Clean Slate

Also from Issue 81

  • 60th Anniversary Salute: C4
  • Buyer’s Guide: C4
  • Supercharged 2003 Convertible
  • 1973 COPO Coupe
  • GM Heritage Center
  • Guldstrand 1965 Restomod
  • Profile: Gib Hufstader
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Frame

When the C6 Z06 debuted as a 2006 model, its aluminum frame was a big breakthrough. Lighter and stiffer than its steel counterpart, the structure paid immediate dividends in term of performance. However, the frame’s design was compromised by the fact that it had to fit in exactly the same space as the steel version and use all the same pick-up points during the assembly process. Because of this, the material’s usage could not be optimized. With the 2014 Stingray, no such design limitations existed; the car’s aluminum chassis is all-new and takes advantage of the latest in alloy construction techniques.

Instead of using hydroformed frame rails with a continuous 4-mm wall thickness from front to rear, the C7’s rails are composed of five different segments of varying compositions. Referred to as “crash cans,” the outermost segments are 2.4-mm aluminum extrusions. These are attached to ultra-strong cast nodes to which the suspension is directly mounted. The hydroformed middle rail is 3.8-mm thick. Combined with a larger tunnel section and additional bracing, these new rails result in a frame that is 22-percent stiffer than its alloy forerunner. That might not sound like much, but the Z06 chassis is a closed-roof design, unlike the Stingray’s open-top layout. The two frames weigh about the same, but the C7’s structure is 99 pounds lighter than a steel C6 frame and a whopping 57-percent stiffer.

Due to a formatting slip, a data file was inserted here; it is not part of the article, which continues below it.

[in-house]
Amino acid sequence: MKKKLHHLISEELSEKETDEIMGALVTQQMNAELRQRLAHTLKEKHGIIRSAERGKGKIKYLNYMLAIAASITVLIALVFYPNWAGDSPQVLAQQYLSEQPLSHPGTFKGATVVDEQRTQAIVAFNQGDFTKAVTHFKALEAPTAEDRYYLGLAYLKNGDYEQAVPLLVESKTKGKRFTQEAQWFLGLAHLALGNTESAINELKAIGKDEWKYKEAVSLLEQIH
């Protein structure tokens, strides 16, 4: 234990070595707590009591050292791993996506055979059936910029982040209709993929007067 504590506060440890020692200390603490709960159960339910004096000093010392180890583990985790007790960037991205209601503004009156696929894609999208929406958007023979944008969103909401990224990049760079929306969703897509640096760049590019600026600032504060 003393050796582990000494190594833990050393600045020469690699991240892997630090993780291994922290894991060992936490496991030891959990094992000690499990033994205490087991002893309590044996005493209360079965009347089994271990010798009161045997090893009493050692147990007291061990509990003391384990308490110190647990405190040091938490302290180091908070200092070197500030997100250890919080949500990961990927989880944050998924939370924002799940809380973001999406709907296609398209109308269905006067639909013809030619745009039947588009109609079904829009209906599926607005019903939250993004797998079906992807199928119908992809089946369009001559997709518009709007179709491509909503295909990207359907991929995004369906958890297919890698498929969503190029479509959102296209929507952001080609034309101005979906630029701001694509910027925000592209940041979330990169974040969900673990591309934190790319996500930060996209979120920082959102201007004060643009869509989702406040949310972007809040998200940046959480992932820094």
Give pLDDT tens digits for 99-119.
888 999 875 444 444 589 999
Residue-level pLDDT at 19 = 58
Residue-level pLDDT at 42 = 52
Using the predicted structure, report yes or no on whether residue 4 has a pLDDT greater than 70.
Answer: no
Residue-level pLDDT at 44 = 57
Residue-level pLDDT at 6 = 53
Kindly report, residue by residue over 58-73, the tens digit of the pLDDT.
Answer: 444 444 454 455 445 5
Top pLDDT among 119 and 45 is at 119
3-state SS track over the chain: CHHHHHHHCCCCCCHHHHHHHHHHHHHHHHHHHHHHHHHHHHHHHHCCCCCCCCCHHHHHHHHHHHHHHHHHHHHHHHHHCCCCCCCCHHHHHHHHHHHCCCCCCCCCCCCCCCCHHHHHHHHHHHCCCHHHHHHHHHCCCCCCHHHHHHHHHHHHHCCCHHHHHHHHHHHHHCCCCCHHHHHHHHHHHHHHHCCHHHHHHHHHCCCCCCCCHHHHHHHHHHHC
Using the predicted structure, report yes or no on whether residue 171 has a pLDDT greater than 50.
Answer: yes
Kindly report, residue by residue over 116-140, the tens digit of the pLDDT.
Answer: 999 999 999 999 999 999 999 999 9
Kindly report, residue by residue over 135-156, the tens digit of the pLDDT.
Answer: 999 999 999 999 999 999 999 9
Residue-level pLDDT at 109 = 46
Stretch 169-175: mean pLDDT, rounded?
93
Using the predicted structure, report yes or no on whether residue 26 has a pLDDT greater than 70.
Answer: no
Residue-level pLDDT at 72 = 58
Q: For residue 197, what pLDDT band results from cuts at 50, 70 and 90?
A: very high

Whereas the C6’s aluminum frames were provided by an outside supplier, the new ones will be constructed in-house at the Bowling Green Assembly Plant. A $52-million investment in the facility converted the former Cadillac XLR production line into the new frame shop.

Suspension

Though the C7’s basic suspension design is carried over—short/long double wishbones with transverse-mounted composite springs—individual parts have been upgraded. New hollow-cast aluminum front and rear cradles are approximately 25-percent lighter and 20-percent stiffer than the solid cradles used previously. Similarly, hollow lower control arms shed about nine pounds per vehicle and new aluminum rear toe links save 2.4 pounds over the previous steel links.

The standard Stingray features 35mm-piston Bilstein monotube shocks, while Z51-equipped cars feature 45mm-piston units. The Z51 can be coupled with an upgraded, third-generation version of Magnetic Selective Ride Control, which features a new twin-wire/dual-coil damper system that reacts 40-percent faster than before, providing both improved ride comfort and superior body control.